I sat with a different group of people this time, so had to go through the whole “What do you write?” “Gay romance, Edwardian gay romantic suspense.” Slightly different responses this time – not negative but a distinct hint of people thinking “I really don’t know what to say in reply”. Interesting to have Number two daughter listening in, as she picked up this, too. The pro-Kindle lady was least nonplussed, comparing the genre to Sarah Waters’ work, and the conversation neatly turned to doing historical research for novels. Still, I got invited to another writers’ event (a group who meet at Borders) so I wasn’t persona non grata.

And as for my beloved daughter? Another book you can’t judge by her cover. She creates a rather ditzy impression, so people are left gobsmacked when she confesses to wanting to read medicine. She doesn’t say a lot when she’s with strangers but what she says is very perceptive. When asked if she had any writerly ambitions, quick as a flash she said “Writing’s a bit too much inward looking for me. Authors are in a room somewhere, working on their own. I prefer things where I can interact with other people.”

Which left silence around the table and me with real food for thought.

charlielogobig

Making History Sexy

I don’t do a lot of historical romance. Not that I don’t love history — history is one of my passions, as a matter of fact — but I find that my single historical romance — Snowball in Hell — doesn’t sell as well as my other titles. It’s not, as my natural insecurity would lead me to believe, unique to me. I hear from a number of romance publishers that historical can be a hard sell — so many variables, you see. Readers tend to have preferences for time periods, so while a reader may adore Age of Sail, she may not be so hot on the Jazz Age. Regencies were huge for a long time, but the market was flooded and for a while there you could sell Stone Age more easily than Regency (although Regency is once again experiencing a resurgence). Like real history, these things go in cycles.

Anyway, I’ve always been partial to the rich dramatic possibilities of World War I. The tragedy and horror, the romance and chivalry — forty million casualties — and the dawn of a new age. In particular I’ve been fascinated by the aerial battles and the aces — the canvas falcons. There’s a lot of potential there for powerful storytelling. So I finally decided to write a novella about a WWI ace. It’s called Out of the Blue, and it’s coming from Liquid Silver sometime in August, from what I hear. It’s a nice little crime story…with wings. But the thing is, I have to make a living at this, so I had to find a way to take this historical tale and make it sexy and modern and appealing to contemporary readers, of which, I hope, there will be many.

Easier said than done, perhaps. Part of the difficulty is the early Twentieth Century itself. Westerns, Medievals…they’re far enough back that they almost have a fantasy quality to them. And stories from the 1930s and 40s…well, who hasn’t seen The Maltese Falcon or at least Chinatown? These stories have a sort of vintage cachet to them. But the early 1900s…it’s tricky. It’s modern enough to be a little less romantic than, say, the Victorian period, but it’s so…quaint.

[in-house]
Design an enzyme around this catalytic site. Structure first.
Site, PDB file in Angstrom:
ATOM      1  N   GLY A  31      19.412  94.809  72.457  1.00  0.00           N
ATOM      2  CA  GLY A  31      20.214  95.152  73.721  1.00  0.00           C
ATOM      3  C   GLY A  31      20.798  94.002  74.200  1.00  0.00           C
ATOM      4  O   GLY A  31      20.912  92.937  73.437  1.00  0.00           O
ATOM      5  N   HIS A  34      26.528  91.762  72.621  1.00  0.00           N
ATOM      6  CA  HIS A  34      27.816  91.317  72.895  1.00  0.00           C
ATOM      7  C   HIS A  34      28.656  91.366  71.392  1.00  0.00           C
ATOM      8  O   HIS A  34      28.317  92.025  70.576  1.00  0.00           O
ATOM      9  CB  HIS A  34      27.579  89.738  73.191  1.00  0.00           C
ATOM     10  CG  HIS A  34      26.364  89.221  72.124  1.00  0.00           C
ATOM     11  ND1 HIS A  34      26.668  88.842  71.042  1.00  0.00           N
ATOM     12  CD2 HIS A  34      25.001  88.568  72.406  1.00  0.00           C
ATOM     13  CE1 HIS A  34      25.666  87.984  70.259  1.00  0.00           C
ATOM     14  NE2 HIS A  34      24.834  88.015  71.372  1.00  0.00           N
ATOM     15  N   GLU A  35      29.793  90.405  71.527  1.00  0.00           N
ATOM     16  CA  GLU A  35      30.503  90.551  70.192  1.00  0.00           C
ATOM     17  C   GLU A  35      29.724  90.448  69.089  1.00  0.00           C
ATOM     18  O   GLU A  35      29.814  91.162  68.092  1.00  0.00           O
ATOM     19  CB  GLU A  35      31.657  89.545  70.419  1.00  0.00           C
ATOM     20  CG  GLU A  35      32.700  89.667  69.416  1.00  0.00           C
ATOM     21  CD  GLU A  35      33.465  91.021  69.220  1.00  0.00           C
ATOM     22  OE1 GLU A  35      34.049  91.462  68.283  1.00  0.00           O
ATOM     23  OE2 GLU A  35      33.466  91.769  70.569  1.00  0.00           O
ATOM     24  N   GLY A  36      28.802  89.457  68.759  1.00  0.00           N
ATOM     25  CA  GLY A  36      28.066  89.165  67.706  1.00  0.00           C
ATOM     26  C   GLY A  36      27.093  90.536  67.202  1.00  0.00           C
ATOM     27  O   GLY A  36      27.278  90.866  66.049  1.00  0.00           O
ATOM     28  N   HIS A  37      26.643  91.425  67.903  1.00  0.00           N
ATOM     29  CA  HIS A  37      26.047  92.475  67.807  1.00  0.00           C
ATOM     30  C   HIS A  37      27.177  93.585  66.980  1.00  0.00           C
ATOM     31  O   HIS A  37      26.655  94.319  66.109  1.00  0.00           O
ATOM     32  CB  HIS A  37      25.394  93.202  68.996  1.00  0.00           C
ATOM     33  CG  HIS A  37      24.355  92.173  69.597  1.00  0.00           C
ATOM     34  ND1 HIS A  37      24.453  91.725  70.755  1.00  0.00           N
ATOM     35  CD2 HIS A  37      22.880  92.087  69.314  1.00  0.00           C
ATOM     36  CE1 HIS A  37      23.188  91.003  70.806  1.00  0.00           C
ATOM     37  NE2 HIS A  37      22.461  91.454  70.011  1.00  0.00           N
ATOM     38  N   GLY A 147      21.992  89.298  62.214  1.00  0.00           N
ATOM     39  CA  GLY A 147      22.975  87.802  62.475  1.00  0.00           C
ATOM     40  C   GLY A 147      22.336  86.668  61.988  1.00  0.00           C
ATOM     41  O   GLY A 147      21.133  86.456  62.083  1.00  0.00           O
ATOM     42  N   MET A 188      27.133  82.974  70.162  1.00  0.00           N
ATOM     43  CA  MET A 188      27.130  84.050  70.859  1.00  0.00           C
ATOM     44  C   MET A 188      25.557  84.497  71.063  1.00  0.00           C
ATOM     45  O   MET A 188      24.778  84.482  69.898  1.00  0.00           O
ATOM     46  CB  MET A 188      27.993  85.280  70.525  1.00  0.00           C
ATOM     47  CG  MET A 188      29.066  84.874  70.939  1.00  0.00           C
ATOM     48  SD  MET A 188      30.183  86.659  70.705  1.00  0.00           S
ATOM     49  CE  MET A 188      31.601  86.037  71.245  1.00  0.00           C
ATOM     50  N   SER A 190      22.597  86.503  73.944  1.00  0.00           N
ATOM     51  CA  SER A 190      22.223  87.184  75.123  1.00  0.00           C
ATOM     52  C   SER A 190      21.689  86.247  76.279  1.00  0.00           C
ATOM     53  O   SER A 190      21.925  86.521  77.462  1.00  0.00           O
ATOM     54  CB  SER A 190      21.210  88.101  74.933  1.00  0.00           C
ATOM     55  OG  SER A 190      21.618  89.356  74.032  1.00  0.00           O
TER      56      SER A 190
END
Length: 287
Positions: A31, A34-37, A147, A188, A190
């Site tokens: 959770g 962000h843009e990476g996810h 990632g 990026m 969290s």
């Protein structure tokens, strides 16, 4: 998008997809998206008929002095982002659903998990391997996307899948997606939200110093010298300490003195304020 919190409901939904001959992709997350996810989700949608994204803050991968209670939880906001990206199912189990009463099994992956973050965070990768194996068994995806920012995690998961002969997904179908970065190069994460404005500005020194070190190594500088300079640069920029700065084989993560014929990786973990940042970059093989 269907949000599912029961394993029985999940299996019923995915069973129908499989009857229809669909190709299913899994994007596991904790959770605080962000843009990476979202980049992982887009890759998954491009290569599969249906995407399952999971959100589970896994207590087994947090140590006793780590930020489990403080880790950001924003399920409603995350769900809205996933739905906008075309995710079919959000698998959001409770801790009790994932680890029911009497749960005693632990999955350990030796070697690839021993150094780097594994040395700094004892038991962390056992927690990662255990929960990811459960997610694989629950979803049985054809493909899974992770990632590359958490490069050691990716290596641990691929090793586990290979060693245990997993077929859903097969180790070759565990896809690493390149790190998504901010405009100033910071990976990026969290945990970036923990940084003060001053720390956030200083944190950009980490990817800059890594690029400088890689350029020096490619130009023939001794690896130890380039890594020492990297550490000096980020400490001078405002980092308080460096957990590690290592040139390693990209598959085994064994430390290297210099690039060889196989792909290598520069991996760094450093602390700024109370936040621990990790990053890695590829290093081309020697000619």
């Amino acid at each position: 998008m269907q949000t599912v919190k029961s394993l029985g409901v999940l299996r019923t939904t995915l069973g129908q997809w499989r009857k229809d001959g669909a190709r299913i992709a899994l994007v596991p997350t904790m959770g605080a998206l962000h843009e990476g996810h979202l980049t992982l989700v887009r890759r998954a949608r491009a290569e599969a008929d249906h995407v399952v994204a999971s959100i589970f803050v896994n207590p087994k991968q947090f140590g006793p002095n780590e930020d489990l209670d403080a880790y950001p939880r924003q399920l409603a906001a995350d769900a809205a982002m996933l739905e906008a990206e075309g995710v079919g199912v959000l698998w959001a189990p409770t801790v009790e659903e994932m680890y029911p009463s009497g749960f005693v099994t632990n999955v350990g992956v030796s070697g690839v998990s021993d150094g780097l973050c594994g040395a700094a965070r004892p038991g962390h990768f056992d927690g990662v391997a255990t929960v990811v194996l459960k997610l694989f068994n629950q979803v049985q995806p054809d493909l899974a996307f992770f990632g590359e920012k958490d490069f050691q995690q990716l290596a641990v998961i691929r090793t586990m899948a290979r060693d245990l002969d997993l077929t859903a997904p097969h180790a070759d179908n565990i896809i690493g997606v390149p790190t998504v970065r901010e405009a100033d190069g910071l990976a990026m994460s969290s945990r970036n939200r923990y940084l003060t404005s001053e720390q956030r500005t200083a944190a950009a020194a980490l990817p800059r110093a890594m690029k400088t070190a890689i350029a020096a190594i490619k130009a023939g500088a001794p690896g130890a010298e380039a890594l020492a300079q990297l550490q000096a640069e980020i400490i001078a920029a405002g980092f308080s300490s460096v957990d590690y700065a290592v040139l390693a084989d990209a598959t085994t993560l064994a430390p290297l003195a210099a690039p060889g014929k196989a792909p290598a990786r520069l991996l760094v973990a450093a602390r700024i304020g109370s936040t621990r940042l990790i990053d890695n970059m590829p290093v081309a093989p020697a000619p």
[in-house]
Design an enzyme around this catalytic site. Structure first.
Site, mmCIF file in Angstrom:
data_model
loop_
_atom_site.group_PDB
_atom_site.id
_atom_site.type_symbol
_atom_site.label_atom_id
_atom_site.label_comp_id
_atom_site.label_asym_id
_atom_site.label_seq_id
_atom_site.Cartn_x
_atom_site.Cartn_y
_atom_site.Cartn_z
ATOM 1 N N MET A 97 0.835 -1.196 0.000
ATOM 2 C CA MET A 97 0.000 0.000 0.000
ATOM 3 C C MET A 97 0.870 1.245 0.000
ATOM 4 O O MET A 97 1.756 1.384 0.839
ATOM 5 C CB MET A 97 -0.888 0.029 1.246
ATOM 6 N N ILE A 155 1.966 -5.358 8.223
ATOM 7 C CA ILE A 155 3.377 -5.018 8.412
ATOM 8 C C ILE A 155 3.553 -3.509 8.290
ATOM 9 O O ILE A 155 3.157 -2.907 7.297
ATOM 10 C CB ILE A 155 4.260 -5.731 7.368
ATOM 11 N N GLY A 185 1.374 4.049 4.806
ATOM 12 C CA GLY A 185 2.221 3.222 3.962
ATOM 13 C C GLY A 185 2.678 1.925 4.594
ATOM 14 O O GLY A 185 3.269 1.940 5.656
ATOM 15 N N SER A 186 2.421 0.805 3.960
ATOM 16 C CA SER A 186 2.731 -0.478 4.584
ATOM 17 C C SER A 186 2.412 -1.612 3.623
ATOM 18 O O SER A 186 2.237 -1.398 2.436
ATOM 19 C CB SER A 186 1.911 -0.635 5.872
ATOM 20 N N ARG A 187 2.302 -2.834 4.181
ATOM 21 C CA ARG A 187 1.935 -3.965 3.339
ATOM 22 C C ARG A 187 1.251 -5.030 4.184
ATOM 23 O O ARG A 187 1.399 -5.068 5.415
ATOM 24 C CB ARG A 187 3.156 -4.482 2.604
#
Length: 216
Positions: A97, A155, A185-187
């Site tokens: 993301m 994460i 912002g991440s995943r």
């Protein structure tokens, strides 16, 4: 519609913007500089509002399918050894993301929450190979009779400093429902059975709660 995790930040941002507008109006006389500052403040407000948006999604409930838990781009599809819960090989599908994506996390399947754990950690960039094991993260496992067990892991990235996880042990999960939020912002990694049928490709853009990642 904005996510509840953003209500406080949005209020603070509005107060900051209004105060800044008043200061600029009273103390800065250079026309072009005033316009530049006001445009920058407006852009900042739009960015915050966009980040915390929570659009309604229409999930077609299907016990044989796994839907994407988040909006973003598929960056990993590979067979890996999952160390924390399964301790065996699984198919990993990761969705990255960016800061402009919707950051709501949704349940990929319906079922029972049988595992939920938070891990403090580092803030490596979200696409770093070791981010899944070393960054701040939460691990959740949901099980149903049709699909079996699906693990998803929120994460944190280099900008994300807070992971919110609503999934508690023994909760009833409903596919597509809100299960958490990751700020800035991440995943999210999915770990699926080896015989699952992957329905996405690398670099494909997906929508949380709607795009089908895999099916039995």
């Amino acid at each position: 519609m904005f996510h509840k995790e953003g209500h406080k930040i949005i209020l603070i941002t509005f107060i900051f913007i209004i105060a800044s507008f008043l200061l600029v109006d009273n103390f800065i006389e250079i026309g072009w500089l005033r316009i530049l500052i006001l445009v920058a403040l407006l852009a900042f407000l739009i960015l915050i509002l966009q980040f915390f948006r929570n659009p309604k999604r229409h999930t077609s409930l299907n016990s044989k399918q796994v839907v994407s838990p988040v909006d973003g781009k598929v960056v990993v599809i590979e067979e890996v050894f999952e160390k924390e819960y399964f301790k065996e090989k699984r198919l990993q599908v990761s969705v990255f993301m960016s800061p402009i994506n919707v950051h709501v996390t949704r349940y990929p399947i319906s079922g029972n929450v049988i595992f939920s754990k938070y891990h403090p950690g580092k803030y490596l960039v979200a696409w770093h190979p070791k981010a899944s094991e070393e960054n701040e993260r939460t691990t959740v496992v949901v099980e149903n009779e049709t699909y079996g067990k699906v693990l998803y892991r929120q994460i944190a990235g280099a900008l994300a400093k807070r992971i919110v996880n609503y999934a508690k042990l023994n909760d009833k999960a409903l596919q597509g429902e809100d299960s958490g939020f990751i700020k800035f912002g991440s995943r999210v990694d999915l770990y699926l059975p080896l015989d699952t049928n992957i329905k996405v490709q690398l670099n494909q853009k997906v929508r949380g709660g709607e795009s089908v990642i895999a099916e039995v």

There’s a danger of parody as with this letter from British ace, Albert Ball, to the folks at home.

Cheerio, dears…Really, I am having too much luck for a boy. I will start straight away, and tell you all. On August 22 I went up. Met twelve Huns….

A little of that goes a long way. Obviously, to keep it real, you do want to sprinkle in a few “old beans” and “jolly goods,” but it’s got to be done sparingly or the modern reader begins to feel too detached, like she’s watching characters in a play. In good fiction, we’re in the moment with the characters, we’re living each scene with them — flinching at the bullets singing past, laughing at the jokes, blinking back the tears at the death of a beloved friend.
Part of how we achieve the goal of keeping the reader in the moment with us — even if the moment is April 1916 — is by staying focused on the humanity of our characters. Humans haven’t changed as much as you might think (and hope) since the dawn of time. Okay, our hygiene is better. Our hair is definitely better. But though our definitions may change, but we still need to feel successful, to love and be loved. We still experience the same emotions: joy, sorrow, jealousy, triumph, fear…

Fear is a good one for m/m romance because western society’s views on homosexuality have altered significantly throughout history — from generation to generation. Passionate but platonic male friendship was the order of the day during WWI. Homosexuality carried a potential death penalty. So we can play on that paranoia, we can use that fear effectively, and the modern reader can identify with that — can certainly identify with the need for love and companionship, and from there can empathize with the strain of having to disguise your true nature, the difficulty of hiding your needs…indefinitely…from those closest to you.

In order to write comfortably about the past, you need to know your stuff. That means doing your homework. But when the time comes to share that knowledge with the reader — to build the stage upon which your characters will play — it’s got to feel real and casual. Historical romance should never be clinical or textbookish. And part of how we keep it real and avoid reading like a sexy syllabus is by putting in the sensual details. No, I’ve never taken a bi-plane for a spin, but I do know how the icy wind feels blowing in my face, what petrol smells like, what a sunrise looks like, or how ale tastes.

Details matter — and never more than in historical fiction. Do not put your Knights Templar riding into battle in 1315 or have Apaches attacking in Ohio. Mistakes are not sexy.
And the last and most obvious way of making your historical sexy is…er…putting in a lot of sex. As much as makes sense. Yes, I know it sounds crass, but when it comes to historical romance, take a tip from those old bodice rippers of the 1970s. Sex sells. Sex is one of those universals, and there seems to be a certain amount of kink inherent in seeing people from the past doin eet. Maybe it’s the costumes. Maybe it’s the suspicion we all have that our parents couldn’t really have done that. Whatever the charm, romance readers — m/m romance readers in particular — like sex. If there’s one thing history teaches us, it’s that some things never change.

Let me tell you all about my grand adventure on Wednesday…

Window

(more…)